I did this years ago and I just looked to see if I could find the code and I must have just let it rot (entropy takes over the bits and turns them into ordered chess openings).
However, my method was not fool proof because there are exceptions to the basic rules that everyone knows. For example, I ran across a special event station in Russia or Finland (can't remember which) that failed my call sign test because it was too long at about 10 characters. I had a sanity check on the length of I think around 8 characters. I fixed my sanity check.
My method is straight-forward:
- US calls were easy even though there are some to watch out for such as KG4 prefix is something other than a southern state (if I remember correctly, this was years ago).
- I downloaded the ARRL list of official country or DX-Entity call sign prefixes and turn it into a database used by my call sign lookup.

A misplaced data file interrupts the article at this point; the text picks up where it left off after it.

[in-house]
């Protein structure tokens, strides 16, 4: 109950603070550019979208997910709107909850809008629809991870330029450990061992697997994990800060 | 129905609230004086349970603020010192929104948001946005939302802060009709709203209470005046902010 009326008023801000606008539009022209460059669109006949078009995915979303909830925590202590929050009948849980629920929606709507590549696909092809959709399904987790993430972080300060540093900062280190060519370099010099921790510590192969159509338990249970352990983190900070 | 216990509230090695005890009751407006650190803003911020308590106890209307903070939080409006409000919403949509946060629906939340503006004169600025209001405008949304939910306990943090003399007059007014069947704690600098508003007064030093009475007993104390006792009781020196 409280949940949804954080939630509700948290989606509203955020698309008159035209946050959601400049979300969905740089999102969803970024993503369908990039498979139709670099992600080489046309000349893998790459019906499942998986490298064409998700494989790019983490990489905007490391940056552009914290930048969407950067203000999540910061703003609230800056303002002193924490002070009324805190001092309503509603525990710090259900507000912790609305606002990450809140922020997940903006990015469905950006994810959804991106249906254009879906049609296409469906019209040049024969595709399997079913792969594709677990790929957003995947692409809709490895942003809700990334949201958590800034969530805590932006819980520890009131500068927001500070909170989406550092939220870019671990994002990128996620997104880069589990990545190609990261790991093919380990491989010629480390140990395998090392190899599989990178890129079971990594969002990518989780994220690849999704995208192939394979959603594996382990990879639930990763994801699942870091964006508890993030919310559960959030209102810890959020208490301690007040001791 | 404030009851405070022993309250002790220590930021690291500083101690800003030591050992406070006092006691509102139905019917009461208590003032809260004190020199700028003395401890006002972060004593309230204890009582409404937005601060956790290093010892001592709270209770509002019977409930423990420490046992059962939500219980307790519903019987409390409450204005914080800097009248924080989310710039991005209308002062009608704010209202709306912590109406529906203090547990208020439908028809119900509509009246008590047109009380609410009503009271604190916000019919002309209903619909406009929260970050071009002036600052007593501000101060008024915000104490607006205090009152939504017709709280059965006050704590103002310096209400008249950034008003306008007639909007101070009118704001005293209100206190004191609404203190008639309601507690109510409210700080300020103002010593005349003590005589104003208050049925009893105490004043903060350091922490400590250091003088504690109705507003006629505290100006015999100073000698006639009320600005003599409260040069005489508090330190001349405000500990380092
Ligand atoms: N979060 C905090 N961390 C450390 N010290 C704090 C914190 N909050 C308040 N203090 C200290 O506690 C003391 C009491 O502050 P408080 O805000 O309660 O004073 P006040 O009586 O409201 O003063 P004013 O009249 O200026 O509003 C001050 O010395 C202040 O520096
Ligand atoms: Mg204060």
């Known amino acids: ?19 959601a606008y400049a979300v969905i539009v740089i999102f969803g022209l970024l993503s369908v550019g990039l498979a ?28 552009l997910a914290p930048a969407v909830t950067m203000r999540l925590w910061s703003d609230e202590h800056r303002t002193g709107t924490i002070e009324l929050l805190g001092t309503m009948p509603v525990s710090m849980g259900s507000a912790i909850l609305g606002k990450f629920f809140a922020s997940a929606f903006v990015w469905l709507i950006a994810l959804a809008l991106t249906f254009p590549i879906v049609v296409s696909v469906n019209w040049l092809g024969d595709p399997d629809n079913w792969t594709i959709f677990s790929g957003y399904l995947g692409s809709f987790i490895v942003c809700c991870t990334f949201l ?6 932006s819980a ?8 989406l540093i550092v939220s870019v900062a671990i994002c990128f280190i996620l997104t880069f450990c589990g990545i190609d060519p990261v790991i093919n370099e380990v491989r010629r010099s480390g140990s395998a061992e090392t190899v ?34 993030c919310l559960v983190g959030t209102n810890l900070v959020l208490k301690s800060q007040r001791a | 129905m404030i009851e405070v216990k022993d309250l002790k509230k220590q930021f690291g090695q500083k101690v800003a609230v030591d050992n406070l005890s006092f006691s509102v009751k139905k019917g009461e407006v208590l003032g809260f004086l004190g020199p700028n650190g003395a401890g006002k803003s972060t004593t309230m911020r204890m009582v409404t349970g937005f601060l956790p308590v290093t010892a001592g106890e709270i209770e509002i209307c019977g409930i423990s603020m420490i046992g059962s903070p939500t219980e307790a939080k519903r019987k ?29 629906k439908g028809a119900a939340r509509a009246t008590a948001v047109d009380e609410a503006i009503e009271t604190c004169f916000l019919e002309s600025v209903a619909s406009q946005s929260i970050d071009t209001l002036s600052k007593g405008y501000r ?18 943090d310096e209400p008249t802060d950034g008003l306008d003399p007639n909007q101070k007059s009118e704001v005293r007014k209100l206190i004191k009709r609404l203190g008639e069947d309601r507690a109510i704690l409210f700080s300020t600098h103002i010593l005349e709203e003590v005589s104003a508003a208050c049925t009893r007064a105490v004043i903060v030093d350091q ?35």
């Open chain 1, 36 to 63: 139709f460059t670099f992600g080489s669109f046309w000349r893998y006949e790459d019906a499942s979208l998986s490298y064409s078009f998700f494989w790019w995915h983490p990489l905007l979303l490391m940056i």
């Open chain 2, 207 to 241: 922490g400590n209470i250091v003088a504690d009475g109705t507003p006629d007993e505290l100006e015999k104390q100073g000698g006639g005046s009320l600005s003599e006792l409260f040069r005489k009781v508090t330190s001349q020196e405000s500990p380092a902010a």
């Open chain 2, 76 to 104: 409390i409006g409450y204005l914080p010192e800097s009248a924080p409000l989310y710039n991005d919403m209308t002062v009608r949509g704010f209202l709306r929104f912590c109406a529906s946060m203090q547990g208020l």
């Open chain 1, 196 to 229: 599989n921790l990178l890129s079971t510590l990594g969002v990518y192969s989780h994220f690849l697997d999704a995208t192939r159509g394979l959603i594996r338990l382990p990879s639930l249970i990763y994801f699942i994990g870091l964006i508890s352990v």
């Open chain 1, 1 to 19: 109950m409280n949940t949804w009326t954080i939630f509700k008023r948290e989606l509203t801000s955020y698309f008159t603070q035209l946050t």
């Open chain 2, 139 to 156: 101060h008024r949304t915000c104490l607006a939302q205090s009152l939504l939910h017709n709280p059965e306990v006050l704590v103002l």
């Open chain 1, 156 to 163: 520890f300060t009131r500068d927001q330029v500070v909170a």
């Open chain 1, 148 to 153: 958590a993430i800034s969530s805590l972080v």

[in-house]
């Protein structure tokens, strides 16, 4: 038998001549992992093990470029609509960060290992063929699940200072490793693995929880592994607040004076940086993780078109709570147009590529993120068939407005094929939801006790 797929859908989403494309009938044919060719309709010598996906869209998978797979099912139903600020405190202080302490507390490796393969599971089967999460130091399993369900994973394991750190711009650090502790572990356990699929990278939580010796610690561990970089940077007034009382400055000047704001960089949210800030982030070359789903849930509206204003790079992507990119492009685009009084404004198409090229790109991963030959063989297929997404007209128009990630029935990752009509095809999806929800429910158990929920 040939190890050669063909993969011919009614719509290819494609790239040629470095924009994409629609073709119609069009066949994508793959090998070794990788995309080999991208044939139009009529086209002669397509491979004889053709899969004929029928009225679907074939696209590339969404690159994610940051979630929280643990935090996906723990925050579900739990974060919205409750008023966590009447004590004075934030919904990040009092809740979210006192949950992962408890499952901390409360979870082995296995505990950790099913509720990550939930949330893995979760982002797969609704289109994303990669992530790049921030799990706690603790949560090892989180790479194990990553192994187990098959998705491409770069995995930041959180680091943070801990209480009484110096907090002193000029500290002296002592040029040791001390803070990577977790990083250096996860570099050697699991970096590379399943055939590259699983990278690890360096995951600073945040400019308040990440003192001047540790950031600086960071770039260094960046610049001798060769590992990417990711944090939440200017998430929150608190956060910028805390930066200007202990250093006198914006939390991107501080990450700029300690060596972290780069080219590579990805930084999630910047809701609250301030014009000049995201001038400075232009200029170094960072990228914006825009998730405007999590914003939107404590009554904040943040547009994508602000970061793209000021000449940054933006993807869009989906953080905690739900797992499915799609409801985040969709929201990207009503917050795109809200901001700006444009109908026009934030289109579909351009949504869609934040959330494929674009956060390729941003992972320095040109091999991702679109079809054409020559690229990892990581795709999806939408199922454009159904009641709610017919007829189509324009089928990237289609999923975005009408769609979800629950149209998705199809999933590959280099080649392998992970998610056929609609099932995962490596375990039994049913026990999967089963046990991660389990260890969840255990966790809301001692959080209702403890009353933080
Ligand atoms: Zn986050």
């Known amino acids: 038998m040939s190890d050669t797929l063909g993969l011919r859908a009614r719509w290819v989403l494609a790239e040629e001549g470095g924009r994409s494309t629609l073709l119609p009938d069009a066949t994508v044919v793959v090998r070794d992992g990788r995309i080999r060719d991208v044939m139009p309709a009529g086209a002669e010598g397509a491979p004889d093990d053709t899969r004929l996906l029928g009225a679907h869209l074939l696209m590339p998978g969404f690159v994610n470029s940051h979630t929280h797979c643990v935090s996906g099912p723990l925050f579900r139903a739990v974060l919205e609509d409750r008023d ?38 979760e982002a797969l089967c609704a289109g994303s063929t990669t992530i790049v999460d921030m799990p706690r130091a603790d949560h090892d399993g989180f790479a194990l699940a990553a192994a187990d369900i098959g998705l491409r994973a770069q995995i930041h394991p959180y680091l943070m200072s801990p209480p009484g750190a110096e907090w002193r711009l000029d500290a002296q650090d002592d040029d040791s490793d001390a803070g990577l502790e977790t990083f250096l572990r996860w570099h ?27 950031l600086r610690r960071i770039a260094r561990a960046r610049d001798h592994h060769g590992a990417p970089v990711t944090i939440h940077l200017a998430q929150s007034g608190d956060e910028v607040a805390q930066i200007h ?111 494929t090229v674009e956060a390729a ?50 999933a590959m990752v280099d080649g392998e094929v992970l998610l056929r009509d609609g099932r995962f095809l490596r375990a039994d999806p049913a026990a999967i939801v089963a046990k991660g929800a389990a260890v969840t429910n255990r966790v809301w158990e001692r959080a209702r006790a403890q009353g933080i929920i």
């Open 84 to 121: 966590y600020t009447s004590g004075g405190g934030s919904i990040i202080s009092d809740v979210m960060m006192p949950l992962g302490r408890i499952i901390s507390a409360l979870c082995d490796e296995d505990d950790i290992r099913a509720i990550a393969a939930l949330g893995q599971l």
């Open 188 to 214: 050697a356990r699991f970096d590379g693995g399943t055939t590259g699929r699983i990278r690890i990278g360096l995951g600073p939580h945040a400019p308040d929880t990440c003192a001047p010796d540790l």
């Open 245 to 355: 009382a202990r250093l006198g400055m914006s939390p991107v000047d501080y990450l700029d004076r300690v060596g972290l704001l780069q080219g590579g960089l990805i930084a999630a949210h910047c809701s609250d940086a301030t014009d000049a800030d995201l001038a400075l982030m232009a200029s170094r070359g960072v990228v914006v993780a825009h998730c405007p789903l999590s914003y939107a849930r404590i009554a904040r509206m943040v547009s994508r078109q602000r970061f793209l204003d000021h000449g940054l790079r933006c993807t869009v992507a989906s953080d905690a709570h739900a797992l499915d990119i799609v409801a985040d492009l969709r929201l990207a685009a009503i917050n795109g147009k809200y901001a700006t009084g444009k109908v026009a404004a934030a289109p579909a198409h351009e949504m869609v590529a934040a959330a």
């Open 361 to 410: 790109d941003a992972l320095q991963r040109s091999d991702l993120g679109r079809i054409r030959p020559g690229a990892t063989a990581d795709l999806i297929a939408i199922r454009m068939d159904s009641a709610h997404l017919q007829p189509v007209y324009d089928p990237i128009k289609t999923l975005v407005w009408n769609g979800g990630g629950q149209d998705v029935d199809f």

- My program (since I am US resident) always checked US call sign first but as a cheat I also had the US Call sign database in a fast lookup table (all memory resident).
- Then, I would do a RE prefix check on the ARRL DX-entity list and usually that creates a match to ID the country or entity name (not all entries are countries).
- If I miss on the program, I make note of it in a log and go check on it later to see why. Usually it is a weird case that snuck thru or maybe a special event station call sign.
To test my program when I first ran it, I downloaded the entire QRZ.com database (I was a subscriber with permission to download) and I tested my program against every single call sign in the QRZ database to validate that we had the same DX entity name. I actually found a few that were incorrect in the QRZ database.
I wrote the program in C++ and it ran on my Mac computer and I stopped using it back around 2005 when I started using the MacLoggerDX application which had its own call sign handler.